Detecting Alzheimer's Early, Is It Possible?

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A research team at University College London is among the latest group to report on a way to possibly detect Alzheimer’s early, before symptoms become apparent. The new testing technique, which is more invasive than some other early detection attempts, requires a lumbar puncture followed by an MRI (magnetic resonance imaging).

Is it possible to detect Alzheimer’s early?

The team from University College London studied 105 healthy individuals in their 70s and 80s. First they performed a lumbar puncture to extract cerebrospinal fluid (CSF) so they could measure levels of a protein called amyloid, which is typically found in low levels in the CSF of people who have Alzheimer’s.

Over the following year all the subjects underwent an MRI of the brain to determine the rate of shrinkage. They found that the brains of individuals with low CSF levels (38 percent of the group) of amyloid shrank twice as fast as the brains of those who had higher levels of the protein.

Individuals with low amyloid levels were also five times more likely to have the APOE4 gene, which is a risk factor for Alzheimer’s, and they also had higher levels of tau, another protein characteristic of Alzheimer’s disease.

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Another early detection test for Alzheimer’s was reported recently from Brunel University. The new 30-second screening test is designed for people in their 40s and offers the possibility of screening people long before symptoms are evident.

Professor David Bunce, PhD, of the Centre for Mental Health Research at Australian National University and a visiting fellow at Brunel University, led the research on the new test, which reportedly can identify potential signs of Alzheimer’s using a computer procedure based on a person’s reaction times. The test could be available in two to five years.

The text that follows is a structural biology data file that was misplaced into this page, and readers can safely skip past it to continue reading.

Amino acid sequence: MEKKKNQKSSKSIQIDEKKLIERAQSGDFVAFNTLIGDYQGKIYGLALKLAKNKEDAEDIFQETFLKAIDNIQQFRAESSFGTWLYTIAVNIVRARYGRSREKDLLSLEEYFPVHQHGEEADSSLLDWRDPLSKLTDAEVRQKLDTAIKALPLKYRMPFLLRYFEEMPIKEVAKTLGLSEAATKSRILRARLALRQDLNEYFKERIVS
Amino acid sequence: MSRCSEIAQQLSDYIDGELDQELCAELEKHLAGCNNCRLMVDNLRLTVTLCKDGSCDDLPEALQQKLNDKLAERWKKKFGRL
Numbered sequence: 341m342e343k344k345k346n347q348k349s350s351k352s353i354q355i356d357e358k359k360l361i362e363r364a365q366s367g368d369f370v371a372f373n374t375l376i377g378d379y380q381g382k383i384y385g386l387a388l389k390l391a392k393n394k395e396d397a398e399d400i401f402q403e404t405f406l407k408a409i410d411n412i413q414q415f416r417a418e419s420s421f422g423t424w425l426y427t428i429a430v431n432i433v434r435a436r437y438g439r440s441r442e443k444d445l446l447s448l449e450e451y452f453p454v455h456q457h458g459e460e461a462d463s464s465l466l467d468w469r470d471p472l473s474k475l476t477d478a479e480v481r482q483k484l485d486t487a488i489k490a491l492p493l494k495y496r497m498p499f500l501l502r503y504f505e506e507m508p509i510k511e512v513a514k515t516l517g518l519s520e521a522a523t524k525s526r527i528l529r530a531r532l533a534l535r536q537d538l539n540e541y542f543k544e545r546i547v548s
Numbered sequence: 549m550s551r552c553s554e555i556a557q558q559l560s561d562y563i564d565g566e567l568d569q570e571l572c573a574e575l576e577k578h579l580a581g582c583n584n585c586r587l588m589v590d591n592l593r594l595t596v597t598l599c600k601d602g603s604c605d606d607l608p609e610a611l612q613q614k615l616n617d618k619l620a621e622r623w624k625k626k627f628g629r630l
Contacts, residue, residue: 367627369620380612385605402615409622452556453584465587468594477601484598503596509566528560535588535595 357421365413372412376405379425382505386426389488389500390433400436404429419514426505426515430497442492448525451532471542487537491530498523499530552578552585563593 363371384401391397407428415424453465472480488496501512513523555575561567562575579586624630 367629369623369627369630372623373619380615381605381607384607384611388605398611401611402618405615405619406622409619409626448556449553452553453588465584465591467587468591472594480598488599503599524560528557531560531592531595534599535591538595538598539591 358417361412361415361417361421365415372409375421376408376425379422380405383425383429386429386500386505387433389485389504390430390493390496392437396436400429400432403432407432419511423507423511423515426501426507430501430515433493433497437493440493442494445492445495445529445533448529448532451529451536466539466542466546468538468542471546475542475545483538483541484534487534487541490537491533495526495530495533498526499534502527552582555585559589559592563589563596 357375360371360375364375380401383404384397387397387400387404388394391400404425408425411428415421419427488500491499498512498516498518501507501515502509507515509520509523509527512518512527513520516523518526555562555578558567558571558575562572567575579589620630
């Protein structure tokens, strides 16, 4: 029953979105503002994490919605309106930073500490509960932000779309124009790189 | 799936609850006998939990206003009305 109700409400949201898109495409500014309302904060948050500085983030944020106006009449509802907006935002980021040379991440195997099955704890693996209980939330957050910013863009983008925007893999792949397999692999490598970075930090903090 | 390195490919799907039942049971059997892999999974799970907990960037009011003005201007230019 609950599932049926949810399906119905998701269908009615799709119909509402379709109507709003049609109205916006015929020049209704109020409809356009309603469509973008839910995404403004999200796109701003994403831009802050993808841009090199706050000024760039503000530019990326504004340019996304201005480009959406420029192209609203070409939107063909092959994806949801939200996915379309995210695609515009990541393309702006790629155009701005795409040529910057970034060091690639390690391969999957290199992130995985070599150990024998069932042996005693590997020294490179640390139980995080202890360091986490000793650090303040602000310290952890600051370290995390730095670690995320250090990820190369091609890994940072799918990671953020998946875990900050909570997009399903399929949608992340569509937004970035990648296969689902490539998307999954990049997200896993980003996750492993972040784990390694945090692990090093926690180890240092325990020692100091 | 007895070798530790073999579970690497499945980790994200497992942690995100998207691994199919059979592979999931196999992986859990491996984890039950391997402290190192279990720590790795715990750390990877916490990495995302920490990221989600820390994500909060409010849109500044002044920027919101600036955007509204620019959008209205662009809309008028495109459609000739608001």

Other research has been conducted at the US Department of Energy’s Brookhaven National Laboratory, where scientists have developed an x-ray technique they hope will help track amyloid plaques. The researchers hope the sophisticated x-ray machine will allow them to detect Alzheimer’s disease early.

Scientists at Cedars-Sinai Medical Center, along with colleagues from Weizmann Institute of Science in Israel and the University of Southern California, have used a noninvasive eye exam to detect plaques in the retinas of mice genetically modified to have Alzheimer’s disease. The authors believe their observations provide the potential of an eye imaging technique to diagnose early Alzheimer’s disease via plaque on the retina.

Is it possible to detect Alzheimer’s disease early? The BBC quoted Dr. Anne Corbett of the Alzheimer’s Society, whose comment about the University College London study could apply to all such efforts: “Detecting dementia early is really important. It can open doors to new treatment targets and could one day go hand in hand with an Alzheimer’s vaccine that scientists are edging slowly towards.”

SOURCES:
BBC
Brookhaven National Laboratory
Brunel University news release, Nov. 10, 2010
Cedars-Sinai Medical Center news release, June 24, 2010

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